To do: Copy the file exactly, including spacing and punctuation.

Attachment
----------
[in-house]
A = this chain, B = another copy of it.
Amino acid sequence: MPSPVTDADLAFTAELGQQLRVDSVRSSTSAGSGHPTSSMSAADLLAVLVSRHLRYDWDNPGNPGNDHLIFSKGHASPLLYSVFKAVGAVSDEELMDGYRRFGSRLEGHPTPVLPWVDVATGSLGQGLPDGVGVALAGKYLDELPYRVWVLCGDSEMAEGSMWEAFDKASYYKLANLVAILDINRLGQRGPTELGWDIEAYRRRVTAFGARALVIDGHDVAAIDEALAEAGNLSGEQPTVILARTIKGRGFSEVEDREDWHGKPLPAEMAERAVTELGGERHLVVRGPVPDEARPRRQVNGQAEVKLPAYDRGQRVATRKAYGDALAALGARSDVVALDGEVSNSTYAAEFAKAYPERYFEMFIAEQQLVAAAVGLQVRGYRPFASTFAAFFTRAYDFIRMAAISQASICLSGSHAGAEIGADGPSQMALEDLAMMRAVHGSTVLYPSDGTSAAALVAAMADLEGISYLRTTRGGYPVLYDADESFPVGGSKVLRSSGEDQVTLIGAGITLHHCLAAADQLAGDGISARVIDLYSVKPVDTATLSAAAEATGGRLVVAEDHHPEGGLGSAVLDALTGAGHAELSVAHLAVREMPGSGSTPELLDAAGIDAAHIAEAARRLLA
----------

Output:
[in-house]
A = this chain, B = another copy of it.
Amino acid sequence: MPSPVTDADLAFTAELGQQLRVDSVRSSTSAGSGHPTSSMSAADLLAVLVSRHLRYDWDNPGNPGNDHLIFSKGHASPLLYSVFKAVGAVSDEELMDGYRRFGSRLEGHPTPVLPWVDVATGSLGQGLPDGVGVALAGKYLDELPYRVWVLCGDSEMAEGSMWEAFDKASYYKLANLVAILDINRLGQRGPTELGWDIEAYRRRVTAFGARALVIDGHDVAAIDEALAEAGNLSGEQPTVILARTIKGRGFSEVEDREDWHGKPLPAEMAERAVTELGGERHLVVRGPVPDEARPRRQVNGQAEVKLPAYDRGQRVATRKAYGDALAALGARSDVVALDGEVSNSTYAAEFAKAYPERYFEMFIAEQQLVAAAVGLQVRGYRPFASTFAAFFTRAYDFIRMAAISQASICLSGSHAGAEIGADGPSQMALEDLAMMRAVHGSTVLYPSDGTSAAALVAAMADLEGISYLRTTRGGYPVLYDADESFPVGGSKVLRSSGEDQVTLIGAGITLHHCLAAADQLAGDGISARVIDLYSVKPVDTATLSAAAEATGGRLVVAEDHHPEGGLGSAVLDALTGAGHAELSVAHLAVREMPGSGSTPELLDAAGIDAAHIAEAARRLLA